by Bethany Blankey
Joint conference committees continue to hash out differences with the hope of reaching the May 20 deadline and closing a $2 billion gap between conflicting budget priorities.
Still up for discussion in the Minnesota legislature are proposed fees on drug distributors and manufacturers to pay for opioid addiction, treatment and prevention, which opponents argue doesn’t address the real issue and would only suppress an industry providing medication to people who need them. Instead of targeting businesses, stricter criminal justice measures should be implemented, they argue.
Another is allocating federal money toward securing the voting system, a 20-cent gas tax hike on top of additional spending on transportation projects, extending a 2 percent tax on medical providers, known as the “sick tax,” which is set to expire, in addition to increased spending on healthcare programs at a time when extensive fraud was uncovered by the state auditor’s office.
The jobs and energy conference committee is grappling with a statewide family leave program paid for through a new tax on employees and employers, and a Senate spending bill that would block cities from passing and enforcing their own employment ordinances.
The bill would likely reverse the Minneapolis ordinance that raised the minimum wage to $15 per hour, and was upheld by a divided Minnesota Court of Appeals panel. Minneapolis also passed an ordinance requiring employers to provide sick time for all employees. In 2017, the city became the first in the Midwest to adopt a $15 minimum wage.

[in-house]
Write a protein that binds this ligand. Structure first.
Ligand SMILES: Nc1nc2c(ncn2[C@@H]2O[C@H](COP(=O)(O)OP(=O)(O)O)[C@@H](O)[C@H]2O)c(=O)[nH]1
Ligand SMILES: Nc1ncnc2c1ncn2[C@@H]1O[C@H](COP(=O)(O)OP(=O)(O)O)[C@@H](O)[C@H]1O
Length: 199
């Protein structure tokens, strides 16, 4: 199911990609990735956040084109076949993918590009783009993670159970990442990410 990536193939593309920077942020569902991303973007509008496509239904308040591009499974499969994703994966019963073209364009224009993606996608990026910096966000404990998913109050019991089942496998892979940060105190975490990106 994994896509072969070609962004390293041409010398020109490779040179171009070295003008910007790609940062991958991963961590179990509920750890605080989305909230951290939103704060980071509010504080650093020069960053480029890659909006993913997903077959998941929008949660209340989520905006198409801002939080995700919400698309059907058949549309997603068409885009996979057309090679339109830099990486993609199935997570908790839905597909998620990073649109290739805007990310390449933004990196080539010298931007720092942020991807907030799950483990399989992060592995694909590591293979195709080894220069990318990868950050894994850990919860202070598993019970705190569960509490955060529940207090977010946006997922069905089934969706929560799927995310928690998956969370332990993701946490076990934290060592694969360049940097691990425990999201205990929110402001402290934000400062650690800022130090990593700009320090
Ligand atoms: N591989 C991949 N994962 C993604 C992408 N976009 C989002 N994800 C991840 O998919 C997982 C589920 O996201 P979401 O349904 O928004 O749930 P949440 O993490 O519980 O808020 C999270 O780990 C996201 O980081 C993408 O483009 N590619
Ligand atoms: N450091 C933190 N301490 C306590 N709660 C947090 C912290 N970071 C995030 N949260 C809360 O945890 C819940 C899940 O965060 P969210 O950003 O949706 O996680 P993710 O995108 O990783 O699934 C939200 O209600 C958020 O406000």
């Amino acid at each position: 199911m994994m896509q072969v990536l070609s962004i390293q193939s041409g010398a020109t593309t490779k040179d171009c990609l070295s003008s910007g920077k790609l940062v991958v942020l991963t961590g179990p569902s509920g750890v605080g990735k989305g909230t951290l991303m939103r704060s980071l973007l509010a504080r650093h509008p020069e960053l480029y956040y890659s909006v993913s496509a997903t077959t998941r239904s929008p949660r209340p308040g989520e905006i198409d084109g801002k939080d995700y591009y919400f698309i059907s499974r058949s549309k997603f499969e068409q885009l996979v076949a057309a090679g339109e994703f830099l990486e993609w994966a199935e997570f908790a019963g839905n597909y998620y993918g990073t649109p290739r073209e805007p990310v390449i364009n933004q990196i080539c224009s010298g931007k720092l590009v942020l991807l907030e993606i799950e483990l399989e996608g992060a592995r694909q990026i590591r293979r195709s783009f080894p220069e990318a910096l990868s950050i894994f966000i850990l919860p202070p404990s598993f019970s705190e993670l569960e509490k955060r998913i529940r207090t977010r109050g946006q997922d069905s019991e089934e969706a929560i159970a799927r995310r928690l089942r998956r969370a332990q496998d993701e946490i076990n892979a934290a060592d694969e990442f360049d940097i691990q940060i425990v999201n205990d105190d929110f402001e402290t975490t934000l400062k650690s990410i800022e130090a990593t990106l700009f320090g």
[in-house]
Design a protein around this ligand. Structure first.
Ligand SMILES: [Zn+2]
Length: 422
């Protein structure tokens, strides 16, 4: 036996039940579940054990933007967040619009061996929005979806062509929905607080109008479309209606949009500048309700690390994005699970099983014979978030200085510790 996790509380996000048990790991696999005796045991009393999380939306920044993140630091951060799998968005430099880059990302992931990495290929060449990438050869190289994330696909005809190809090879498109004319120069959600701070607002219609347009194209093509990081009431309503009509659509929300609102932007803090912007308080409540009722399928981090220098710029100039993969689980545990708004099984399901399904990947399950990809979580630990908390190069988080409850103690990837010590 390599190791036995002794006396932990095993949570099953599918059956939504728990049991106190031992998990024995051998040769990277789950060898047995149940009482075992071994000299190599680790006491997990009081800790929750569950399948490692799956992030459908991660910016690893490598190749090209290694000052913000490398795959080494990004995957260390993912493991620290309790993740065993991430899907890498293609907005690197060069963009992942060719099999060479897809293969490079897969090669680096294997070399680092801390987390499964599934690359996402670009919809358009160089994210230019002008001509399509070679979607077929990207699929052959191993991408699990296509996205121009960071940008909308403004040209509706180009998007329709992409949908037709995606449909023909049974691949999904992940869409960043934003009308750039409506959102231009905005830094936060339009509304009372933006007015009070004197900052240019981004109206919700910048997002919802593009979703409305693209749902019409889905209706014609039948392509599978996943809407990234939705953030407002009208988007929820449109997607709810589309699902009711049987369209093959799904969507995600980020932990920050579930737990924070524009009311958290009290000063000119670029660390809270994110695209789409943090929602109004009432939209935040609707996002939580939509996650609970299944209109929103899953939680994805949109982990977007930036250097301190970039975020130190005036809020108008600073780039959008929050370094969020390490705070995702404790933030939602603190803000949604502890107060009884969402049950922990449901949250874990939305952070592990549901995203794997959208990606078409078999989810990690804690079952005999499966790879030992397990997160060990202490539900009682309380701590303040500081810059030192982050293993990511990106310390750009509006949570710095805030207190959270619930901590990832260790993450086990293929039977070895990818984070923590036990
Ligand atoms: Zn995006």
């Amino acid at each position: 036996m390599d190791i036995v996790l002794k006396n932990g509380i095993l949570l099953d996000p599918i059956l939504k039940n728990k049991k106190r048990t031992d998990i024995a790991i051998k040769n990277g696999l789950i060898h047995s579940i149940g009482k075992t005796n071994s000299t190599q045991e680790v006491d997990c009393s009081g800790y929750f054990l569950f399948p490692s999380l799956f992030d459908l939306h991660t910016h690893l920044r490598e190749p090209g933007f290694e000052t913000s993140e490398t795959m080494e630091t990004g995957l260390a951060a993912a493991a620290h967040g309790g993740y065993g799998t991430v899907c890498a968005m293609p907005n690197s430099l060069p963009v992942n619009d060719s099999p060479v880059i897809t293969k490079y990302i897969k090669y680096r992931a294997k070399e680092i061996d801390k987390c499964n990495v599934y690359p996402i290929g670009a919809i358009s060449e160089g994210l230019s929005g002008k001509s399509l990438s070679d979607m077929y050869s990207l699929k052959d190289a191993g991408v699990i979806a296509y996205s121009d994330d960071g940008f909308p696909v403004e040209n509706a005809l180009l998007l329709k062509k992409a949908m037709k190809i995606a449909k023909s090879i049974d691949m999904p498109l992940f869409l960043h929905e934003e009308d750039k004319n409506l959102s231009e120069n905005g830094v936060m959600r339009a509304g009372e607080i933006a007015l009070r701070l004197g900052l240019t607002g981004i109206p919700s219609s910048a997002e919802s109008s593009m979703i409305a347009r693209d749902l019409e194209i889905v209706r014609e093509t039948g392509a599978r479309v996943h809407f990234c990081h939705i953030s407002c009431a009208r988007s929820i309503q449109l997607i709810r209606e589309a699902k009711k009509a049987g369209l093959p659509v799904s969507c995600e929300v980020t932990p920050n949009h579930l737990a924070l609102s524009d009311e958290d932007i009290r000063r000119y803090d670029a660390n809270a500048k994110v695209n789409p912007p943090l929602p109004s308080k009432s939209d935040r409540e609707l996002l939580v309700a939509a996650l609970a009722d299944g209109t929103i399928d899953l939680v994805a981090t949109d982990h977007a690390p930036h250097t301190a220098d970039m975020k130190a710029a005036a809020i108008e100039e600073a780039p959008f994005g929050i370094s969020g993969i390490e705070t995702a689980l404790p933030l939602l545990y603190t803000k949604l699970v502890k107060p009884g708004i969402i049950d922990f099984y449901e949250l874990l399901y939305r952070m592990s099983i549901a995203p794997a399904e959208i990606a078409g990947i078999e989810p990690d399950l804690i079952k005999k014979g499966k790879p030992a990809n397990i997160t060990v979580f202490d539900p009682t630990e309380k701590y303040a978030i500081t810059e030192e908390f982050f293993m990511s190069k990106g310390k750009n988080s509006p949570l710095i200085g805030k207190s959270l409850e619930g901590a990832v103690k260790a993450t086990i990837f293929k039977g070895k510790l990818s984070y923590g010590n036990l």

Proponents of the measure argue that city employment ordinances would create a “patchwork” of regulations that would be detrimental to the state and local economies.
An overarching issue is how to spend or not spend the state’s $1 billion surplus. The DFL wants to spend all of it and raise taxes. Republicans are targeting wasteful spending and propose using general fund dollars for government operations, pointing to near record high state tax revenues.
In April, state tax revenue reached $489 million more than had been projected, due to changes from the 2017 federal Tax Cuts and Jobs Act, the state’s Management and Budget Office reported.
Minnesota received $338 million more in individual income taxes above forecasted projections, and $133 million more in corporate taxes. For the year, tax receipts are $573 million higher than anticipated, or 3.1 percent.
In response to the MBO report, House Speaker Melissa Hortman said, “There’s very troubling signs on the horizon,” pointing to “trade tensions” that could impact Minnesota farmers.
“But if she really is so skittish about prospects for the economy, why does she want to enact a $12 billion tax hike?” John Phelan, an economist with the Center for the American Experiment, asked.
Phelan points to Census Bureau data that shows Minnesota’s state government total revenue in 2017 was higher than any year previously. Having near record high state tax revenues and a $1 billion projected surplus for the coming biennium “ought to be a final nail in the coffin of proposed tax hikes,” Phelan said.
Instead, if Gov. Tim Walz’s and the DFL’s plans were implemented, they would hit hardest Minnesota families already struggling to make ends meet, Jason Flohrs, Minnesota state director for Americans for Prosperity, told The Center Square.
“Now is not the time to raise taxes – on anything,” he said. “Just throwing more money into the same big government solutions that are currently rampant with mismanagement and overspending, while doing nothing to reform or add accountability, will make Minnesota a less competitive, less prosperous, and less desirable place to live and work.”
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Bethany Blankley is a contributor for CenterSquare.com.